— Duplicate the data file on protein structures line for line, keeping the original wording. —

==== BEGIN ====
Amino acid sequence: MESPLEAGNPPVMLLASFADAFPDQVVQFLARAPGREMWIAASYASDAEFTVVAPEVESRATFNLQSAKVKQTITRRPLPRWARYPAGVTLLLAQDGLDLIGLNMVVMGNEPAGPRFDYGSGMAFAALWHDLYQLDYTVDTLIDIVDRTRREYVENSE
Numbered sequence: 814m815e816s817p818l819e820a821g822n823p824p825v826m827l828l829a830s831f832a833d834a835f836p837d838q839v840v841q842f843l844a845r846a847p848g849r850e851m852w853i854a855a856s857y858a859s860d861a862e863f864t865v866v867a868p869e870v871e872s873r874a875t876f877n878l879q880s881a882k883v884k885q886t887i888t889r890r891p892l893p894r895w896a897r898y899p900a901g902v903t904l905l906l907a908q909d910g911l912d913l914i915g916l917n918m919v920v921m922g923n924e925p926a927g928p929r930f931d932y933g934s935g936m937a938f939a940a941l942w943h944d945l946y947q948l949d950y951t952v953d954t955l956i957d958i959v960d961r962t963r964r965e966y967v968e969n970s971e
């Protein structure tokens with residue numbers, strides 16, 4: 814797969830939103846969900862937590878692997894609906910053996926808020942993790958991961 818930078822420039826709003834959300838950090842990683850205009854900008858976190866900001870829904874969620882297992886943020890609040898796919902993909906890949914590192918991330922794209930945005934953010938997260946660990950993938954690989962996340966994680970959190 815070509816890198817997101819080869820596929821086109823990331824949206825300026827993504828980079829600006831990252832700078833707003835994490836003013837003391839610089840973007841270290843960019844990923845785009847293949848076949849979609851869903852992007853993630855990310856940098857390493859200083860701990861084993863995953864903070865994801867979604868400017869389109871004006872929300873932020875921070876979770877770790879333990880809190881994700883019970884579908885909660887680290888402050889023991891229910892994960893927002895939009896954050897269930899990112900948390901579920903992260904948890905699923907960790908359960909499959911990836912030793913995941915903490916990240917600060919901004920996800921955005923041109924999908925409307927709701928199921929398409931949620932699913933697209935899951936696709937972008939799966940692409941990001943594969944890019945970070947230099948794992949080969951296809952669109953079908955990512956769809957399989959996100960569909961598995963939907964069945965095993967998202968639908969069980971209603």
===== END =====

Amino acid sequence: MESPLEAGNPPVMLLASFADAFPDQVVQFLARAPGREMWIAASYASDAEFTVVAPEVESRATFNLQSAKVKQTITRRPLPRWARYPAGVTLLLAQDGLDLIGLNMVVMGNEPAGPRFDYGSGMAFAALWHDLYQLDYTVDTLIDIVDRTRREYVENSE
Numbered sequence: 814m815e816s817p818l819e820a821g822n823p824p825v826m827l828l829a830s831f832a833d834a835f836p837d838q839v840v841q842f843l844a845r846a847p848g849r850e851m852w853i854a855a856s857y858a859s860d861a862e863f864t865v866v867a868p869e870v871e872s873r874a875t876f877n878l879q880s881a882k883v884k885q886t887i888t889r890r891p892l893p894r895w896a897r898y899p900a901g902v903t904l905l906l907a908q909d910g911l912d913l914i915g916l917n918m919v920v921m922g923n924e925p926a927g928p929r930f931d932y933g934s935g936m937a938f939a940a941l942w943h944d945l946y947q948l949d950y951t952v953d954t955l956i957d958i959v960d961r962t963r964r965e966y967v968e969n970s971e
């Protein structure tokens with residue numbers, strides 16, 4: 814797969830939103846969900862937590878692997894609906910053996926808020942993790958991961 818930078822420039826709003834959300838950090842990683850205009854900008858976190866900001870829904874969620882297992886943020890609040898796919902993909906890949914590192918991330922794209930945005934953010938997260946660990950993938954690989962996340966994680970959190 815070509816890198817997101819080869820596929821086109823990331824949206825300026827993504828980079829600006831990252832700078833707003835994490836003013837003391839610089840973007841270290843960019844990923845785009847293949848076949849979609851869903852992007853993630855990310856940098857390493859200083860701990861084993863995953864903070865994801867979604868400017869389109871004006872929300873932020875921070876979770877770790879333990880809190881994700883019970884579908885909660887680290888402050889023991891229910892994960893927002895939009896954050897269930899990112900948390901579920903992260904948890905699923907960790908359960909499959911990836912030793913995941915903490916990240917600060919901004920996800921955005923041109924999908925409307927709701928199921929398409931949620932699913933697209935899951936696709937972008939799966940692409941990001943594969944890019945970070947230099948794992949080969951296809952669109953079908955990512956769809957399989959996100960569909961598995963939907964069945965095993967998202968639908969069980971209603």